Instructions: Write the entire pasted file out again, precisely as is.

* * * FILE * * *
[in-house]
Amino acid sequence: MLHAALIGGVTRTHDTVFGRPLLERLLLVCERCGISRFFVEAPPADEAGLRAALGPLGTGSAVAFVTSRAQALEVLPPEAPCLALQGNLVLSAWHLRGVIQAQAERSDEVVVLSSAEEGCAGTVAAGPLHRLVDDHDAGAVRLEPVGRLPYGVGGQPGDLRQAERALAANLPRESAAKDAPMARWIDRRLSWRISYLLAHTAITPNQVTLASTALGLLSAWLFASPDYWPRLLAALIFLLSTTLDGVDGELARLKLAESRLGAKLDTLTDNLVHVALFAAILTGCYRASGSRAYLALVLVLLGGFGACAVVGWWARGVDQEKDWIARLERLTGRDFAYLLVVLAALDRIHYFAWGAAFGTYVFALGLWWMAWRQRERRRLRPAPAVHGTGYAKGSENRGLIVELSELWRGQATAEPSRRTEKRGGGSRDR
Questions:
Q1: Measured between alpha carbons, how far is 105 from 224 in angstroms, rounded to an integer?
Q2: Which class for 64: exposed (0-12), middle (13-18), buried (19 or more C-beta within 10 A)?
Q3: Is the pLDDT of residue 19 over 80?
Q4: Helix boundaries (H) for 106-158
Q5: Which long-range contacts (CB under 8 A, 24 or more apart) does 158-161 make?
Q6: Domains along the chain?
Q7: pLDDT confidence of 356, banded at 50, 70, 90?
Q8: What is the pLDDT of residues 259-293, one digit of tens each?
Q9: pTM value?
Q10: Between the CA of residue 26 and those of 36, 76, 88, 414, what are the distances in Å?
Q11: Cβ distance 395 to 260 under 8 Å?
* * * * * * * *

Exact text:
[in-house]
Amino acid sequence: MLHAALIGGVTRTHDTVFGRPLLERLLLVCERCGISRFFVEAPPADEAGLRAALGPLGTGSAVAFVTSRAQALEVLPPEAPCLALQGNLVLSAWHLRGVIQAQAERSDEVVVLSSAEEGCAGTVAAGPLHRLVDDHDAGAVRLEPVGRLPYGVGGQPGDLRQAERALAANLPRESAAKDAPMARWIDRRLSWRISYLLAHTAITPNQVTLASTALGLLSAWLFASPDYWPRLLAALIFLLSTTLDGVDGELARLKLAESRLGAKLDTLTDNLVHVALFAAILTGCYRASGSRAYLALVLVLLGGFGACAVVGWWARGVDQEKDWIARLERLTGRDFAYLLVVLAALDRIHYFAWGAAFGTYVFALGLWWMAWRQRERRRLRPAPAVHGTGYAKGSENRGLIVELSELWRGQATAEPSRRTEKRGGGSRDR
Questions:
Q1: Measured between alpha carbons, how far is 105 from 224 in angstroms, rounded to an integer?
Q2: Which class for 64: exposed (0-12), middle (13-18), buried (19 or more C-beta within 10 A)?
Q3: Is the pLDDT of residue 19 over 80?
Q4: Helix boundaries (H) for 106-158
Q5: Which long-range contacts (CB under 8 A, 24 or more apart) does 158-161 make?
Q6: Domains along the chain?
Q7: pLDDT confidence of 356, banded at 50, 70, 90?
Q8: What is the pLDDT of residues 259-293, one digit of tens each?
Q9: pTM value?
Q10: Between the CA of residue 26 and those of 36, 76, 88, 414, what are the distances in Å?
Q11: Cβ distance 395 to 260 under 8 Å?